I know that when picking and choosing students for a new cohort, many prominent US universities tend to use affirmative action to support those from less affluent backgrounds. Does this also hold when admitting international students, or deciding on which international student to provide scholarships? In other words, would a top school prefer to admit more students from Africa and China as opposed to Germany or Japan, and prefer to provide scholarships disproportionate to the number of students attending; i.e. more scholarships per capita for students from third world countries?

  • Seems likely to be institution dependent. – Jon Custer Apr 30 at 13:23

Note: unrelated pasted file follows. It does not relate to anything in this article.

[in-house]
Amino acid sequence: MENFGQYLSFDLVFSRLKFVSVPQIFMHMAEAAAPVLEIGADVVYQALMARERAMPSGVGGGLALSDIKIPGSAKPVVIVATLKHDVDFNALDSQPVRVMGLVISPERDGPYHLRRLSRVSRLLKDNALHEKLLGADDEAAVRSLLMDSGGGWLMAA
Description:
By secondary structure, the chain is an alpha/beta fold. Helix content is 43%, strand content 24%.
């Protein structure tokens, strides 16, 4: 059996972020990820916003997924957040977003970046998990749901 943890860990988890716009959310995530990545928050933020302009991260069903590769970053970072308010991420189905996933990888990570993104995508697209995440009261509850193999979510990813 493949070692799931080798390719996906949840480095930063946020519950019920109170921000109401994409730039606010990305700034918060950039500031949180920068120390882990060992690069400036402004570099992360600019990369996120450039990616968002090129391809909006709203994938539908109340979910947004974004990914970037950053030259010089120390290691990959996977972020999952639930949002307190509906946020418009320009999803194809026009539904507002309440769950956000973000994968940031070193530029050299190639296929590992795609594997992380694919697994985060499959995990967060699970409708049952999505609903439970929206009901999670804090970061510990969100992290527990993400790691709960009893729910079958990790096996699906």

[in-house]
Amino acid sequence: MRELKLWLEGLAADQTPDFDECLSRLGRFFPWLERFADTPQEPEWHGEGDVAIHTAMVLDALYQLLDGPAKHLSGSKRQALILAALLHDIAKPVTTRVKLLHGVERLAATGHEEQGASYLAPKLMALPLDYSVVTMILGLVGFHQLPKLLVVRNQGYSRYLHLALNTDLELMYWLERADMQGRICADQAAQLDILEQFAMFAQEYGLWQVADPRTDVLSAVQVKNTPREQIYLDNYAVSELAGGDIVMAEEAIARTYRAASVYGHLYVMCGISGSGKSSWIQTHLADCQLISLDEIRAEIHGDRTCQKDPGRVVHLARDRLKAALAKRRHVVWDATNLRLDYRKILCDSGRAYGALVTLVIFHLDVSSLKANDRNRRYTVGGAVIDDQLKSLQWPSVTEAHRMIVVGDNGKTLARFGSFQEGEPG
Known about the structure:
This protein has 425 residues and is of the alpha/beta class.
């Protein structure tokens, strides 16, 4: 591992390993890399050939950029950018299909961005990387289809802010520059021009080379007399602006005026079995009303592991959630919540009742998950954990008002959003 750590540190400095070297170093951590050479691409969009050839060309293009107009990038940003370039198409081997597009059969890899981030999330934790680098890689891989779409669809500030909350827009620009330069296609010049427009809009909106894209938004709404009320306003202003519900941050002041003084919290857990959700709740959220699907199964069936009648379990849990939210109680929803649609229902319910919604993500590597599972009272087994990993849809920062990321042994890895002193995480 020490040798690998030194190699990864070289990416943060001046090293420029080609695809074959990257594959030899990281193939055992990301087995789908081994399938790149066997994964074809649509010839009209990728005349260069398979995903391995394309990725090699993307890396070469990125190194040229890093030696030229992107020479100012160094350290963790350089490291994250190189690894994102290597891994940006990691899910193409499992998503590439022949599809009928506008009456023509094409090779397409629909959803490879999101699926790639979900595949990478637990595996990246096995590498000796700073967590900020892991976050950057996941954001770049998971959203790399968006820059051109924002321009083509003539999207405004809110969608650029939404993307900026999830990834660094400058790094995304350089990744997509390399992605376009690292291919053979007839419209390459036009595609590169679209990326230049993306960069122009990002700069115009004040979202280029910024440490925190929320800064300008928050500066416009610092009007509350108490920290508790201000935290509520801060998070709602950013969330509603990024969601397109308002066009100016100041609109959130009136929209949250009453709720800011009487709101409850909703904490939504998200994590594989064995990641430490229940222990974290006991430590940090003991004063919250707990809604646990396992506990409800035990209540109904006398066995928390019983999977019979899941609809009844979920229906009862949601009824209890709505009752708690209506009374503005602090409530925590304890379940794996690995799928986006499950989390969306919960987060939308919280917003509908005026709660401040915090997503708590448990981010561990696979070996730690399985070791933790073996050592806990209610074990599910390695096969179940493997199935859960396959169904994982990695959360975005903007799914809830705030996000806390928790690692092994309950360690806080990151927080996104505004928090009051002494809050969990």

• Are you referring to graduate or undergraduate admissions?" – GoodDeeds Apr 30 at 13:50
  • Most international undergraduate admissions are heavily biased to people to people who won't take financial aid. Origin is less important than the money. Graduate admissions are less biased although country of origin does matter a fair amount there, especially for funded positions. – user120011 Apr 30 at 14:23
  • 1. Both undergraduate and graduate, but primarily undergraduate, where the lion's share of tuition revenue comes from. 2. But institutions usually have a small number of international students who receive full financial aid -- wouldn't that favor students who are not able to pay? Giving positive bias to wealthy students in that arena doesn't make much sense. – Something Else Apr 30 at 15:13

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